Customers using CLM want to surface known security vulnerabilities and license risk in the same place developers or executives already go to assess the overall quality of their application. To support this growing interest from our customers, we are introducing our next important milestone: Sonatype CLM’s integration with SonarQube.
“It was the best of times, it was the worst of times, it was the age of wisdom, it was the age of foolishness, it was the epoch of belief, it was the epoch of incredulity, it was the season of Light, it was the season of Darkness, it was the spring of hope, it was the winter of despair, we had everything before us, we had nothing before us…”, penned Charles Dickens in 1859’s A Tale of Two Cities.
At the Black Hat 2014 Conference in Las Vegas, Mark Miller, Community Advocate for Nexus, and Executive Producer of the OWASP 24/7 Podcast Series, presented the third installment of the OWASP security news quizz, “Wait, Wait! Don’t Pwn Me!”. Play along and see how many news stories you can identify for the month of August […]
In part one of my blog, It’s Just the Way Software is Made, I discussed the realities of how software is made, the birth of agile development, and the advent of component-based software development. Today, we will drive down the software supply chain to understand where your software has really coming from. I’ll also discuss why it’s important for us to instill high quality standards and governance policies in our “parts” ecosystem.
In part two of my blog ‘A Closer Look at Today’s Software Supply Chain’, I discussed why human-speed supply chain management can’t keep pace with today’s agile software development practices and why high quality software components are not simply a given. In this final segment, I will share a real world story on how thousands of organizations sourced one “bad part” named Bouncy Castle in 2013.
In our recent open source developer survey we asked, what are the TOP FOUR characteristics considered when selecting a component? And since components are the building blocks used when creating an application, selecting the right one is an important choice. Not surprisingly, the most important characteristic for the selection are the features and capabilities provided by the component. After all, if the component doesn’t fulfill your requirements then why use it?
Just like automobile manufacturers, software “manufacturers” need to apply supply chain management principles for both efficiency and quality. They need to be prepared to conduct a rapid and comprehensive “recall” when a defect is found. And today’s modern development practices make this, well, challenging to say the least.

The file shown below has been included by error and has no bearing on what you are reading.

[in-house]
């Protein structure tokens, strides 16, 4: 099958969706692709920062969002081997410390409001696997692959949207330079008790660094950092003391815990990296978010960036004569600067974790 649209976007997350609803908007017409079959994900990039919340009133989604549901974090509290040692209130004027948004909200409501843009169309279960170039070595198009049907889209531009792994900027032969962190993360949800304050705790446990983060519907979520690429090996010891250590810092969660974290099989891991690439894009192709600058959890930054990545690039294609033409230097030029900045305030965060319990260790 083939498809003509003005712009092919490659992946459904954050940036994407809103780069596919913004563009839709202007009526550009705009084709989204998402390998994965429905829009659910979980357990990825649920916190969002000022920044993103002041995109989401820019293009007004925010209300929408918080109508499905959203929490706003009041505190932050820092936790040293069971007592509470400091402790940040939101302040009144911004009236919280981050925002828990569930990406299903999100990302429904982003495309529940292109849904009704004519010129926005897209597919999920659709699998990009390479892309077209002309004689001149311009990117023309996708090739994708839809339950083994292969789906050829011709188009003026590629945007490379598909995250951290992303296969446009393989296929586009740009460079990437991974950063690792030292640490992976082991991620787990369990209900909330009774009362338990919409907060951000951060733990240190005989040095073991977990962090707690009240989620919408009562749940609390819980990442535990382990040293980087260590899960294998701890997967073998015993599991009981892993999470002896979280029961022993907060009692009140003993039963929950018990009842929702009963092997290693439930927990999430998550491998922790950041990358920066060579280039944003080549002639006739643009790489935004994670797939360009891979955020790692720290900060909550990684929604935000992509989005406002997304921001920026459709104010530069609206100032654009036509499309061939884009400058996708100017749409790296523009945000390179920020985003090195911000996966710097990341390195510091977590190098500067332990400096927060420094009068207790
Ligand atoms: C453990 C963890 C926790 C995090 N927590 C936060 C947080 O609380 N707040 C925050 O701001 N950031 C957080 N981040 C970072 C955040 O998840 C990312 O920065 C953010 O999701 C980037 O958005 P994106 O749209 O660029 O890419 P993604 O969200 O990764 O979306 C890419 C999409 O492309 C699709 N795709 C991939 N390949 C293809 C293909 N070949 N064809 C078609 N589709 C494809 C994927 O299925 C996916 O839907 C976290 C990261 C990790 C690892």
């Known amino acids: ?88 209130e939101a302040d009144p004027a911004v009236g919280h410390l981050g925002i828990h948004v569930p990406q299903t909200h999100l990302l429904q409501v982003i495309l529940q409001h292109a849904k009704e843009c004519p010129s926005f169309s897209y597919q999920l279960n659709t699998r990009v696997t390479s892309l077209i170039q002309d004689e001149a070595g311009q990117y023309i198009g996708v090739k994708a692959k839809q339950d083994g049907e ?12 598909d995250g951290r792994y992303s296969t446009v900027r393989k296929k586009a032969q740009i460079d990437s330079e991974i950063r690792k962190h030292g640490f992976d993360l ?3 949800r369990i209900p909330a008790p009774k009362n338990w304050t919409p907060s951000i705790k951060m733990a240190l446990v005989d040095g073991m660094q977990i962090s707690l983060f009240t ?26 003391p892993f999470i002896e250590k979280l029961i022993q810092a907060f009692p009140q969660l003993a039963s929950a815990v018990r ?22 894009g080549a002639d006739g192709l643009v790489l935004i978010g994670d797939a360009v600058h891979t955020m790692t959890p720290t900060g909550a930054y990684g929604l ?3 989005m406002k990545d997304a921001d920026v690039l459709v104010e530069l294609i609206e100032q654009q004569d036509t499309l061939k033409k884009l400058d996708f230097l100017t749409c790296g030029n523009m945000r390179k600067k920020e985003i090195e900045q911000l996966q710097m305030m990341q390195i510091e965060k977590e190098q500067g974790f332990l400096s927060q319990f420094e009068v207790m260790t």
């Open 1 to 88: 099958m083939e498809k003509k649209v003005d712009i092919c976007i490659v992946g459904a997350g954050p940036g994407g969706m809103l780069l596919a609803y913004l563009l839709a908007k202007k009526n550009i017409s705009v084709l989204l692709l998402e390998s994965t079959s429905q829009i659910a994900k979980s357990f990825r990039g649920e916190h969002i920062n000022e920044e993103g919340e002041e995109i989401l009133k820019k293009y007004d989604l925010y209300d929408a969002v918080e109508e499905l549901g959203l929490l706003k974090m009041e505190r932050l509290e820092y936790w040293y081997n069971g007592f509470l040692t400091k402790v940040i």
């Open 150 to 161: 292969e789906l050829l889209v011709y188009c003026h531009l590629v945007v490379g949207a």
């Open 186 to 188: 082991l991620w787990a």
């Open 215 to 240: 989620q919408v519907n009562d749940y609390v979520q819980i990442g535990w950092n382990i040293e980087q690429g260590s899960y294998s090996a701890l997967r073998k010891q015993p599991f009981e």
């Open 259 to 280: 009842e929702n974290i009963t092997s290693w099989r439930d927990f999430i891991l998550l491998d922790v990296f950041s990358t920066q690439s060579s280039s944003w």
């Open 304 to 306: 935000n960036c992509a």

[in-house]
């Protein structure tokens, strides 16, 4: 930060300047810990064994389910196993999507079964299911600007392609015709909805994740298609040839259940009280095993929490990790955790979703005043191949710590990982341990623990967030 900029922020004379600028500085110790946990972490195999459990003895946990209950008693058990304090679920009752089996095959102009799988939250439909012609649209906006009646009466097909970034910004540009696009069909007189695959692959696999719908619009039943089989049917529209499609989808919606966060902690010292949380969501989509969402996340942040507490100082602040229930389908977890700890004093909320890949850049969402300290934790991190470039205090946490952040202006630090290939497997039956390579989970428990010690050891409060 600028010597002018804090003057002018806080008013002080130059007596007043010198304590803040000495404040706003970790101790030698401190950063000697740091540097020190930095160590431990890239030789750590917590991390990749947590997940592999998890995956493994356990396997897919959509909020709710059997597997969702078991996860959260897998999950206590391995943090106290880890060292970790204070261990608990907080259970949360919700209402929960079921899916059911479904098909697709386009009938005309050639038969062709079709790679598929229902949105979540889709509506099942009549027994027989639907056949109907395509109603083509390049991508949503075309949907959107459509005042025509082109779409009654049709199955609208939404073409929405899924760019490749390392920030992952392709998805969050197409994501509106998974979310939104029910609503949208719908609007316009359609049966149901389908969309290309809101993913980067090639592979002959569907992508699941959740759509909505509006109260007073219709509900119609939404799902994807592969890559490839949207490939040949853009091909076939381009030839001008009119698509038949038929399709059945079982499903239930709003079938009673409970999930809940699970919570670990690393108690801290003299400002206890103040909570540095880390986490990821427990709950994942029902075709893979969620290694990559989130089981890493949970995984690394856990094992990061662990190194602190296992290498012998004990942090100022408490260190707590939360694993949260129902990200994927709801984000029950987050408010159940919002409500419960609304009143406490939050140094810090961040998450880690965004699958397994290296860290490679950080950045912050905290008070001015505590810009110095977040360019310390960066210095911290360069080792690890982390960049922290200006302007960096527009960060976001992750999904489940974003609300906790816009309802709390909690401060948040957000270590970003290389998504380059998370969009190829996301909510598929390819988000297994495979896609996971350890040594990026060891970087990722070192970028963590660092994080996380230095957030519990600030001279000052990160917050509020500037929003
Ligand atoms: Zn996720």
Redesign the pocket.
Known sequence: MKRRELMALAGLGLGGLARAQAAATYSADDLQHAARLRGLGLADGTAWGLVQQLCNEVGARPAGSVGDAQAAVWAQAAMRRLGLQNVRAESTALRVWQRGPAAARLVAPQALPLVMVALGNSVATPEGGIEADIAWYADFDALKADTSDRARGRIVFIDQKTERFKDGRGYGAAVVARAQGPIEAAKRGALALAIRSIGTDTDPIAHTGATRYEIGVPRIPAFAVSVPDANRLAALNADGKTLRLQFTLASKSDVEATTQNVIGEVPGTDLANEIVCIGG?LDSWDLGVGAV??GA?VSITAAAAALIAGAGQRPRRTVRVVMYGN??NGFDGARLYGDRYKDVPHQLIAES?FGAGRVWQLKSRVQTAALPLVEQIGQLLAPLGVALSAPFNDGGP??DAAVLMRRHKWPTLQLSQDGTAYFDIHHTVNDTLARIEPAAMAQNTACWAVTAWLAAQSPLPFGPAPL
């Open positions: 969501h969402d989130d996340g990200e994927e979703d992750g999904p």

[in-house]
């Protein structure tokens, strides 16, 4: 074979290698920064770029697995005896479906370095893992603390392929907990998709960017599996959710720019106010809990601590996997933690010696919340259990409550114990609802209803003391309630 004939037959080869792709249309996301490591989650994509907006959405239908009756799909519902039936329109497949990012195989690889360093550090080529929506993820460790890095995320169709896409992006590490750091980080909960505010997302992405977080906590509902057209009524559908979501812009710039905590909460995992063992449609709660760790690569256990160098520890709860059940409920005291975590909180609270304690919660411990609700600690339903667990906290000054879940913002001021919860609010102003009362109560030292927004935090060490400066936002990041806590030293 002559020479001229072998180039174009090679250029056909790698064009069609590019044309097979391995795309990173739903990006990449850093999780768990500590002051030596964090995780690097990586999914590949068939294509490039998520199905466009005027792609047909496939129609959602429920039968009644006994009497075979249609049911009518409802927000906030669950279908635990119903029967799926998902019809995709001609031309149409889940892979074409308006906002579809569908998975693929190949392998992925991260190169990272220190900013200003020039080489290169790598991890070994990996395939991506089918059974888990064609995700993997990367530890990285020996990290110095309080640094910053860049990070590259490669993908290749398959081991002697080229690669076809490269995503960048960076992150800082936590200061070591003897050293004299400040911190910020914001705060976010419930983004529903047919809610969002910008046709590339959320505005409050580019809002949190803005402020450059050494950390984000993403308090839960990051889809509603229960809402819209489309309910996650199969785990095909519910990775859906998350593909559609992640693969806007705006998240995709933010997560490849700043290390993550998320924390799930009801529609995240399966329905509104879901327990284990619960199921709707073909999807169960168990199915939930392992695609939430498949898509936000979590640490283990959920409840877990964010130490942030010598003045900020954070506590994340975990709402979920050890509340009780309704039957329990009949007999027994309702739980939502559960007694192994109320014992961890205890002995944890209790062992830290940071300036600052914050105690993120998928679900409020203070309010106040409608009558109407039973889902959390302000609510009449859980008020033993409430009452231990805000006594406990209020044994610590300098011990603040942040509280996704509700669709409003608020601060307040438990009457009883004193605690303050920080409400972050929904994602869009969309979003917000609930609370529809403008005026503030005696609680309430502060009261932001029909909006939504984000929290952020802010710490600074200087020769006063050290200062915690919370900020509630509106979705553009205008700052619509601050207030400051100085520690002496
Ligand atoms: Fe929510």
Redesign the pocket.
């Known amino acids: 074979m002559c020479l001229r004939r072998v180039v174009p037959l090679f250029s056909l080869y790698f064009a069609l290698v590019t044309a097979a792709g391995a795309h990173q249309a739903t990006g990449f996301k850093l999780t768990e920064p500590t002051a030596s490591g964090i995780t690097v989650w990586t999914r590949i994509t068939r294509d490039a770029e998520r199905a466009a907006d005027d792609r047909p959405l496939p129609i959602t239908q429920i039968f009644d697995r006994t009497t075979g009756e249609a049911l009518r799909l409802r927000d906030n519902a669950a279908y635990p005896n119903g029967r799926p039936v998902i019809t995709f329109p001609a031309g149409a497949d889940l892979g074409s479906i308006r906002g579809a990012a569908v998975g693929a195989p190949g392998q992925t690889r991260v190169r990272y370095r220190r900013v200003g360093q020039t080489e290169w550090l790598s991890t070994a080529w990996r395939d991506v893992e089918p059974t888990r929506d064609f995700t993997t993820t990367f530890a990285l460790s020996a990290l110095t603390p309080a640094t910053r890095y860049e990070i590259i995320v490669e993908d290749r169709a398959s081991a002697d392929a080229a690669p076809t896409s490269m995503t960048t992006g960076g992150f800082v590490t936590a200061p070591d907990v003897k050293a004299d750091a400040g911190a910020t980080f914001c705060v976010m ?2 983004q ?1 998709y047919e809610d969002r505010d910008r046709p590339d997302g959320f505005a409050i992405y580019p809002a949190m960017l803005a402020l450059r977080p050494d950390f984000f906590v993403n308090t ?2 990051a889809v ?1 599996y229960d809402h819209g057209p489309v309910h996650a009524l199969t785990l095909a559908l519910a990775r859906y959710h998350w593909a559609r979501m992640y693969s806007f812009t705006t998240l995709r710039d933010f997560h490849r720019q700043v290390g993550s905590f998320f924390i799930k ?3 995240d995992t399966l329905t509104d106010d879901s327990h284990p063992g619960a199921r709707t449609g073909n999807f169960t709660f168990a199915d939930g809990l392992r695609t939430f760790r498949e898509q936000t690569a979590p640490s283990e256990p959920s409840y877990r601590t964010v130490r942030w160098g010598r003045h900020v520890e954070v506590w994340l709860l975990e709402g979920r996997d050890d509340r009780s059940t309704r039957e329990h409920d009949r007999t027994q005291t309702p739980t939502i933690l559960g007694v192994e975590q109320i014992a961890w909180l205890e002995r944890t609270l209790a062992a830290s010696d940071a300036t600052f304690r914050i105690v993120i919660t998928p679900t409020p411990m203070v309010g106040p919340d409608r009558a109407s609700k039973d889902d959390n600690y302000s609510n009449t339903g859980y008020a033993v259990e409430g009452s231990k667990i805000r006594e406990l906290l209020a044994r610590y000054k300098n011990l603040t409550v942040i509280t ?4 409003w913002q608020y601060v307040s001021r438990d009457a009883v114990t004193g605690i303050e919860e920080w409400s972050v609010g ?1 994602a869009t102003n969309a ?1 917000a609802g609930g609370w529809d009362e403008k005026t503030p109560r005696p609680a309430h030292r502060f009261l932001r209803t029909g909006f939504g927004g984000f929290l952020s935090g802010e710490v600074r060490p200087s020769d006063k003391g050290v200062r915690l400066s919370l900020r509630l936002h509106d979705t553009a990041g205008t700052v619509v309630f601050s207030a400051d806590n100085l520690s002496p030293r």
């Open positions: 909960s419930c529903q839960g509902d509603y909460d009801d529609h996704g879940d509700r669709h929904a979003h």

Just the other day I was planning dinner for my family and thought it would be a great idea to bust out the Dutch oven I had to have, but rarely use, and make a nice stew. I ran to the grocery store to grab some fresh carrots, turnips, onions, a couple of Yukon Gold potatoes, and some fresh chicken (and a bottle of nice wine for the thirsty chef). I needed a quick start and an on-time finish. Or it would be another failed product delivery — followed by a rapid desire by my family to outsource.
There are two ways to motivate others to action: emotional appeal and fact based analysis. Our 2014 Open Source and Application Security survey results touched on both. We’ve run this survey for the past four years, but this time we decided to reveal the results in a new way. Rather than let our marketing team “spin” the results, we wanted to provide you a completely independent perspective focus on both open source development and application security. Adrian Lane, CTO and Security Analyst, at Securosis jumped at the chance. We provided him the raw survey results data and he agreed to write the analysis. We did not ask or direct him on what to write; in fact, Securosis’ Totally Transparent Research methodology does not allow companies like Sonatype to influence their research.
RebelLabs recently put out their Java Tools and Technologies Landscape report and we were very pleased to see Nexus chosen as the repository manager of choice by 64% of developers. We saw this same preference carry over in our own recent Open Source Development survey, where 49% of respondents indicated they used Nexus as their local component repository manager. Which brought us to analyze these market trends further .By digging into the log data from the Central Repository, we were able to capture more compelling proof that indeed, Nexus holds a significant portion of the repository manager marketplace and for good reason.